Can the Current Electric Grid Support the Growing Demand for EVs?
The economic and environmental benefits of going electric are no longer a question. It’s very clear how a major shift away from internal combustion engine vehicles can be imperative in the battle against climate change. Instead, the primary question in this movement has pivoted to how will we power so many electric vehicles? Along with the lack of sufficient charging stations across the country to support a major increase in EV use, whether or not the electric grid could support this demand needs to be considered and further explored.
According to the US Energy Information Administration (EIA), an average American household uses about 29 kilowatt-hours (kWh) per day to power their home. The is roughly the same amount of electricity that would power an electric vehicle for 100 miles.
It is projected that, with the increasing demand for EVs year over year, energy consumption across the country could go up nearly 40 percent by 2050. To support this transition, states will have to reevaluate their current capacities and consider whether grid expansion, increasing power production, introduction of more extensive sustainable power sources or purchasing electricity from other states would be viable solutions.
The history of the electric grid
What began as just a single power plant in lower Manhattan connected to a handful of homes and businesses, is now comprised of 7,700 power plants, 3,300 utilities and over 2.7 million miles of distribution lines powering hundreds of millions of private homes and businesses. In regard to how this energy is generated, the EIA states that 60 percent comes from the burning of fossil fuels, 20 percent from nuclear power and another 20 percent from renewable sources.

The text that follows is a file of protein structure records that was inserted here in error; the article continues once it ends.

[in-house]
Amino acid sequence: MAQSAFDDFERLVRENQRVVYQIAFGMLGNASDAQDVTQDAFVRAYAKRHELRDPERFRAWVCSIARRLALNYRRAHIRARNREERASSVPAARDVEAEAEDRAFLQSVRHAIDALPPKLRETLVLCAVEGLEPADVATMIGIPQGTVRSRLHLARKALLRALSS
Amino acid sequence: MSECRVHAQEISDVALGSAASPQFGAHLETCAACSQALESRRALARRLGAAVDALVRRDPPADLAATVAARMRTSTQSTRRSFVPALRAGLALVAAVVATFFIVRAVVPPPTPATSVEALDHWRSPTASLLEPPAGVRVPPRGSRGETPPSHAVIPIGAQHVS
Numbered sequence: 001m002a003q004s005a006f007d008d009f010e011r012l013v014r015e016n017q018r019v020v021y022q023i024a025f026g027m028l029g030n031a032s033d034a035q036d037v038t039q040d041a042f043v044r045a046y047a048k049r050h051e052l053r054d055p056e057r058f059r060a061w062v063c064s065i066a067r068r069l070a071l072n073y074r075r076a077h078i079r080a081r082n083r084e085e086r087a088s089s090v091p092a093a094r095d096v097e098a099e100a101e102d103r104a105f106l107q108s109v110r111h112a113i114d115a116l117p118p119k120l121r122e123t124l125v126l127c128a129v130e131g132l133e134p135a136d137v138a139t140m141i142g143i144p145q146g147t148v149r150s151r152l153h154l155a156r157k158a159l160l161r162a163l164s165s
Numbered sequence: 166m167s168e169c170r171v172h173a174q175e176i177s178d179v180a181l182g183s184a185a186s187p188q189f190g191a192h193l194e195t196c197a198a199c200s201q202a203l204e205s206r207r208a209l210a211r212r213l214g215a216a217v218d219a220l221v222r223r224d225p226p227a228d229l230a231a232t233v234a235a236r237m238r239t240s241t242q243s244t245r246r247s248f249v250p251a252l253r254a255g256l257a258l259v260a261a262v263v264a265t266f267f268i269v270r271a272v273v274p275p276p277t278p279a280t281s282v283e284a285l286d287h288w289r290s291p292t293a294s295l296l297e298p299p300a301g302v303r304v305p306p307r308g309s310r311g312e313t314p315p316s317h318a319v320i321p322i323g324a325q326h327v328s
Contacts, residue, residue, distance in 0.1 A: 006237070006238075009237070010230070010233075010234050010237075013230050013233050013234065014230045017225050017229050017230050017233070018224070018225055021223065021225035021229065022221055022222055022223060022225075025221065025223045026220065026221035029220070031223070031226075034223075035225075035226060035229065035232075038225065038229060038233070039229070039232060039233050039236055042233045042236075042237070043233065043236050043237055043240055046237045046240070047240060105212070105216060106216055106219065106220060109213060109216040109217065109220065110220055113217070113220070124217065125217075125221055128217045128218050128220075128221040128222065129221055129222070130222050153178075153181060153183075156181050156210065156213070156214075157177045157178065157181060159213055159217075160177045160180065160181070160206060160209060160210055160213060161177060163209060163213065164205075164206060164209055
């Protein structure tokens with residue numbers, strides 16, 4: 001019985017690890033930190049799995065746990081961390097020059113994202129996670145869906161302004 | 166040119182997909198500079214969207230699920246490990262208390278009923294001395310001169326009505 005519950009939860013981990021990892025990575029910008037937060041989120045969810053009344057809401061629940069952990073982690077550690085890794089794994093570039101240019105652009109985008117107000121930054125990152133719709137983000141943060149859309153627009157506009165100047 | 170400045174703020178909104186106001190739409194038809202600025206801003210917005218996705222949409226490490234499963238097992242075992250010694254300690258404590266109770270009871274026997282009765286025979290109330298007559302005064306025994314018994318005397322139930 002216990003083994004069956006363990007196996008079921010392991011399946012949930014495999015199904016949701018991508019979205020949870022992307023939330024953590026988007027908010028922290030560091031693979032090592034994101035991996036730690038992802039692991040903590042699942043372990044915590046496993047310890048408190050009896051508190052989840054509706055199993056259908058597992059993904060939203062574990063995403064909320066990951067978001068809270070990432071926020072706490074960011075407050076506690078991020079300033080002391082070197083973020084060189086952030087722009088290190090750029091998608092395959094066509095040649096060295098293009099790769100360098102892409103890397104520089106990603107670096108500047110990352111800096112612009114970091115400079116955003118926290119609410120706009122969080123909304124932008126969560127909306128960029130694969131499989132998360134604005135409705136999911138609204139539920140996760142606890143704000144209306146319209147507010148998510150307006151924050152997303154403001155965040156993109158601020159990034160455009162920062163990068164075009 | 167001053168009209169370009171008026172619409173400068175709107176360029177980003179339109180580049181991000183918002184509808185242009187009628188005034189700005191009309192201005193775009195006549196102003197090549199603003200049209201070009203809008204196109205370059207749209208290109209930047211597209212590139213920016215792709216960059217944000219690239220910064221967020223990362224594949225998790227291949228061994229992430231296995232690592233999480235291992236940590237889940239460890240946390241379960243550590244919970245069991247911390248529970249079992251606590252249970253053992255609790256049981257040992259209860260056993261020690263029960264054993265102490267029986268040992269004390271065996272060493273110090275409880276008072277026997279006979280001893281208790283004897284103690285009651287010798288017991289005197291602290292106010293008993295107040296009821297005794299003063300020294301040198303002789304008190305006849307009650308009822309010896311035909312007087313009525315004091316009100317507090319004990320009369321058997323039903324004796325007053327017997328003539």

In 2020, 3.8 trillion kWh of electricity was consumed in the US, 13 times greater than the total amount consumed in 1950. Of this amount, 38.9% and 34.8% of the electricity sales are attributed to residential and commercial sectors, respectively, with a mere 0.2% going to transportation.
In the residential sector, heating and cooling consume the most energy by a decent margin. Especially now, with weather being so extreme, it’s easy for heating and cooling to strain electrical systems that were built decades ago when such extreme conditions weren’t even a consideration.
Coming out of the 2010s, which are recognized as the hottest decade on record, grid operators have seen firsthand how urgently the electric grid needs revamping. Summer heatwaves and polar vortexes in the winter have become commonplace, damaging above-ground power lines, exacerbating limited electricity supply and ultimately causing power blackouts.
Electric vehicles are shaping the future of electricity demands
Though demand for EVs is certainly increasing every year, there will be no major need for increased grid capacity anytime soon. In the long run, new power plants and upgraded networks will facilitate nationwide EV adoption. If the US was to rely fully on EVs, electricity demand could grow as much as 55 percent in some states, requiring significant investment in infrastructure. For now, however, analysts agree that the current grid has the capacity to power millions of new EVs with the help of meticulous planning.
As every state has varying grid capacities, and differing patterns of consumption during different times of year, grid operators will have to carefully manage energy consumption. Considerations will include seasonal changes in electricity use, peak and off-peak usage times throughout the day and whether purchasing electricity from other states could be an alternative solution.